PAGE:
# Charge on q from other charges given net force is zero

• Physics2341313
In summary: There is no symmetry in the figure. I think the best way to solve this is to use the symmetry of the line x+y=0.
Physics2341313

## Homework Statement

Consider the figure below, we need to find the charge on $Q_0$, both charges Q are negative. It is given that the net charge on $Q_A$ is zero.

The figure of the problem is attached.

## The Attempt at a Solution

I understand how to get the solution except for one part. I'm just going to write $F_x$ and $F_y$ below to denote the forces components as the numbers aren't relevant (I don't think?) for my question.

I understand that we can discard the constant $1/4\pi\epsilon_0$ or k whichever is preferred and that we can get rid of the $a^2$ terms in denominators when taking the radius and likewise for sin/cos for the respective components.

The solution is $Q_0 Q/8 = \sqrt {F_x^2 + F_y^2}$.

Now the solution is obtained by $Q_0 = 8 * \sqrt {F_x^2 + F_y^2}$

Why is Q discarded here? I just don't see where it goes mathematically.. it just kind of "disappears". Is it discarded because it is stated that the net force caused by this charge is negligible?

#### Attachments

• P079afigure.png
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Last edited:
Physics2341313 said:
It is given that the net charge on QA is zero.
That doesn't mean anything. Do you mean the net force on QA is zero, or the potential at QA is zero?

Please clarify what Fx and Fy represent.
I don't understand why you would have Q0Q in an equation. You don't care about any forces acting between Q0 and the two Q charges. Did you mean Q0QA?

The units on the solution aren't consistent. They show that (units of electric charge)^2 = force.

I didnt understand where the Q went until I reworked it and yes you're right. Is the below correct? It gives me the correct answer but as far as best way to solve technique etc goes not sure its close to good.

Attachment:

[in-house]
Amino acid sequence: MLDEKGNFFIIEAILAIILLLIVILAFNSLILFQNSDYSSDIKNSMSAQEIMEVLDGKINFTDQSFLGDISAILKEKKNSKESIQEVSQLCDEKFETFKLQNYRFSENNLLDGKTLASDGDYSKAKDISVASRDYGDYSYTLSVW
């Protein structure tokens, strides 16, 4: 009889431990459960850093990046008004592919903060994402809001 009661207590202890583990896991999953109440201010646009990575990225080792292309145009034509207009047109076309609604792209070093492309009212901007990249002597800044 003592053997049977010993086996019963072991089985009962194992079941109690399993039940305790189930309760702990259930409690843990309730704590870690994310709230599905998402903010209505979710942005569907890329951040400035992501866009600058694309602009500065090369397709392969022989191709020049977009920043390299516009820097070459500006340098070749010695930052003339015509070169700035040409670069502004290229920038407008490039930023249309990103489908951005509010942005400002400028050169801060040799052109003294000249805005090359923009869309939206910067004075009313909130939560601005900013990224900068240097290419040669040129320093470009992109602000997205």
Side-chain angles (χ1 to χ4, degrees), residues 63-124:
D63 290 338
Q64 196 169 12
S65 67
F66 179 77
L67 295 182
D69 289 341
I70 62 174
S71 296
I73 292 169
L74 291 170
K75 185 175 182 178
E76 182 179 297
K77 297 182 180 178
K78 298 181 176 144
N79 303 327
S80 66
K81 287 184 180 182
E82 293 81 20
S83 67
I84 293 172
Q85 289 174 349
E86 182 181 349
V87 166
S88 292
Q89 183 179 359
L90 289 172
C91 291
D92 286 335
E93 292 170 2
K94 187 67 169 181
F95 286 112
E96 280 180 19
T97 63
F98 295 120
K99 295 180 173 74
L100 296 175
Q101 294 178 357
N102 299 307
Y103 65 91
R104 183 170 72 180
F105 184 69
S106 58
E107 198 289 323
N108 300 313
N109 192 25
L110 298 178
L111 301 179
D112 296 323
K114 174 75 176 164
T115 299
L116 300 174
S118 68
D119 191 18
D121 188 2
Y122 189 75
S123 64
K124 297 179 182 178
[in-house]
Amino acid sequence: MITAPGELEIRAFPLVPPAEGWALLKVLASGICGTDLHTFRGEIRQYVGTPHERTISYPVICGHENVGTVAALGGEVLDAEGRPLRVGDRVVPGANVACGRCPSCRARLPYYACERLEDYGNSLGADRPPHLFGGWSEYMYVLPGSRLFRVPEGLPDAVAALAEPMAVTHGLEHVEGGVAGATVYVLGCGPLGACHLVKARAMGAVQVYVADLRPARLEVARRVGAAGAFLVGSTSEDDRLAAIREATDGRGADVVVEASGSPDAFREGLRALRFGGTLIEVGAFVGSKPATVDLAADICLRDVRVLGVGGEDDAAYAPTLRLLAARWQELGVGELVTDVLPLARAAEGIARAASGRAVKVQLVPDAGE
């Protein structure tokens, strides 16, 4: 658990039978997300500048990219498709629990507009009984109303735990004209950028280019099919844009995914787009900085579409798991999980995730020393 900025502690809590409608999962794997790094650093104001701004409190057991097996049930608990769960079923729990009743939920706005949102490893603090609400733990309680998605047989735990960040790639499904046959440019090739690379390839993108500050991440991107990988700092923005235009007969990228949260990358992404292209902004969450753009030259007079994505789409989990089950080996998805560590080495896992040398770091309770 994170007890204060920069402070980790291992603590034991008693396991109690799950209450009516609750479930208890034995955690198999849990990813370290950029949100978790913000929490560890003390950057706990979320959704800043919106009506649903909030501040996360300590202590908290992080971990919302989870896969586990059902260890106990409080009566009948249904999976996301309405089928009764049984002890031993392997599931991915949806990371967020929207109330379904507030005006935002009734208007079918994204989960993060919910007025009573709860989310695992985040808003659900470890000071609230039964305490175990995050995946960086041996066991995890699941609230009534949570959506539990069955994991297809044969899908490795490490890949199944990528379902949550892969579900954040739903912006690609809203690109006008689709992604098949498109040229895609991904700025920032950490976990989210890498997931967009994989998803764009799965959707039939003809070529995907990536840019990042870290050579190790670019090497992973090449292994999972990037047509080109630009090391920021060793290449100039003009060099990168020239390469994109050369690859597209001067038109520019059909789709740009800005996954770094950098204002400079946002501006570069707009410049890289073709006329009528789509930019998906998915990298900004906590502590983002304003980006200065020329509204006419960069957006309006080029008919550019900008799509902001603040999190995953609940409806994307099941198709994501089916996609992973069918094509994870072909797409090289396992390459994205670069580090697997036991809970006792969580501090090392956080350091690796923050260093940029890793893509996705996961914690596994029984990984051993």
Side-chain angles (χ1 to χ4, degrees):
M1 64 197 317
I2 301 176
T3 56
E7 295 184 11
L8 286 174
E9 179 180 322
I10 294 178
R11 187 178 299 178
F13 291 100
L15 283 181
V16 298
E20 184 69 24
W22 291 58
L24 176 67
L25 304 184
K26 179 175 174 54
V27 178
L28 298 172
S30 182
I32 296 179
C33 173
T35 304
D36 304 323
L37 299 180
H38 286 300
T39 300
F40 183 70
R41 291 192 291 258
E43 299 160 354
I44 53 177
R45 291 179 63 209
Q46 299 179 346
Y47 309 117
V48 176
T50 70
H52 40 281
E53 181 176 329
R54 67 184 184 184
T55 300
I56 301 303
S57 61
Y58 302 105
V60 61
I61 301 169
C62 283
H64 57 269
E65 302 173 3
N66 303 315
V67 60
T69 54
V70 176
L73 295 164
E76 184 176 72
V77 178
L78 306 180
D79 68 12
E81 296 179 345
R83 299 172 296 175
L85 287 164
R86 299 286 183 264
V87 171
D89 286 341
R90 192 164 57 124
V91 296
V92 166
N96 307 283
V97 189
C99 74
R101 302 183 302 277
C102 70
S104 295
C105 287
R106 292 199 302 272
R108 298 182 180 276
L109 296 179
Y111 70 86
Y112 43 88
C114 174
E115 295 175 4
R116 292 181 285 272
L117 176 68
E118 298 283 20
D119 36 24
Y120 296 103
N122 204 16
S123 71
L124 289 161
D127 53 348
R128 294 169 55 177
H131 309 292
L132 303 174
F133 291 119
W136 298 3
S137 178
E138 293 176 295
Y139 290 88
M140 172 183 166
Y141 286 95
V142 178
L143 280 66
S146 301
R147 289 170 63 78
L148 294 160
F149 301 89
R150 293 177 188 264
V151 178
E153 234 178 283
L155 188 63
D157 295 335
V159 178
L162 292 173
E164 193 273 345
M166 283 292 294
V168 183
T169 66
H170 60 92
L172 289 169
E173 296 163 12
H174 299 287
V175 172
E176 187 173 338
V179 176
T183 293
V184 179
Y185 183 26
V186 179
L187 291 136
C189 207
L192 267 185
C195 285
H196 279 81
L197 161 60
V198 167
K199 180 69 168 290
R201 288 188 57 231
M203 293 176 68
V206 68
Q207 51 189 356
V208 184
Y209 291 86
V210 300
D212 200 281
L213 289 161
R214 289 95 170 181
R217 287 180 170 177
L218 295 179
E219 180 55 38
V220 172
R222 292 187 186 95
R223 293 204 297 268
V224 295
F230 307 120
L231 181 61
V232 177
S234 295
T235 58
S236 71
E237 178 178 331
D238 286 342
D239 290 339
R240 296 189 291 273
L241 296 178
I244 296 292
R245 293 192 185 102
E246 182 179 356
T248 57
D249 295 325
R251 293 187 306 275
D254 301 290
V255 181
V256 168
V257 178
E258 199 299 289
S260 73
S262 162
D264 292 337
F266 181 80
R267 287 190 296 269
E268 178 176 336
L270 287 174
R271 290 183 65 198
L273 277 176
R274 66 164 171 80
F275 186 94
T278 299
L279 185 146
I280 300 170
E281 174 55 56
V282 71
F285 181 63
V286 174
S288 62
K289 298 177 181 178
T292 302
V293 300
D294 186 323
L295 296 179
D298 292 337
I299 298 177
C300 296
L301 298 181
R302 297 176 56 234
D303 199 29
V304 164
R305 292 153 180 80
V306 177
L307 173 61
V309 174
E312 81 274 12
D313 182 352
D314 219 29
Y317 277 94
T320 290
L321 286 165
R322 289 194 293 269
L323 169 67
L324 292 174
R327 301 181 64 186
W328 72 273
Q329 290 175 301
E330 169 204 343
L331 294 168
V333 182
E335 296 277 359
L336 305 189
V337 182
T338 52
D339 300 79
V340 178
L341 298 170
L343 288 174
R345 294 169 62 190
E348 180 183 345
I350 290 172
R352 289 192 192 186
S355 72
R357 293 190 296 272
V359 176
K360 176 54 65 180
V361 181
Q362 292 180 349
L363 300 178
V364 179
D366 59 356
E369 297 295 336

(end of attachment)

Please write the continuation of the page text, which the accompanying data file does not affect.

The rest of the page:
My notation could probably use some work... I realize I could have forgotten about the Q_0 components but split this up for practice breaking components up anyways.

I attached the work instead of trying to type tons of latex and mess it up

#### Attachments

• work.png
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Physics2341313 said:
I didnt understand where the Q went until I reworked it and yes you're right. Is the below correct? It gives me the correct answer but as far as best way to solve technique etc goes not sure its close to good.

My notation could probably use some work... I realize I could have forgotten about the Q_0 components but split this up for practice breaking components up anyways.

I attached the work instead of trying to type tons of latex and mess it up
It's probably neater to use the symmetry. Just use the components parallel to the line x+y=0.

I'm not sure what you mean? I'm very bad at using symmetry doing these types of problems typically takes me ages as I can't identify the symmetry / relations correctly in square arrays of charge etc. Could you explain what you mean?

Physics2341313 said:
I'm not sure what you mean? I'm very bad at using symmetry doing these types of problems typically takes me ages as I can't identify the symmetry / relations correctly in square arrays of charge etc. Could you explain what you mean?
Where could you put a straight line through the diagram so that the portions on eithe side are mirror images of each other? Hint: two of the charges are unique, so it must pass through each of those.

## What does the term "net force is zero" mean in regards to charges?

The term "net force is zero" means that the total force exerted on a charged particle by other charges is equal to zero. This can occur when the forces from different charges cancel each other out.

## How does the charge on a particle affect the net force?

The charge on a particle can affect the net force by either attracting or repelling other charges. Like charges (positive and positive, or negative and negative) will repel each other, while opposite charges (positive and negative) will attract each other.

## What is the relationship between the distance between charges and the net force?

The net force between charges is inversely proportional to the square of the distance between them. This means that as the distance between charges increases, the net force between them decreases.

## How can you calculate the charge on a particle from the net force being zero?

To calculate the charge on a particle from the net force being zero, you can use Coulomb's Law. This law states that the force between two charges is equal to the product of their charges divided by the square of the distance between them.

## What is the significance of having a net force of zero on a charged particle?

A net force of zero on a charged particle means that the particle is in a state of equilibrium, where all the forces acting on it are balanced. This is important because it allows the particle to remain in a stable position without moving or accelerating.

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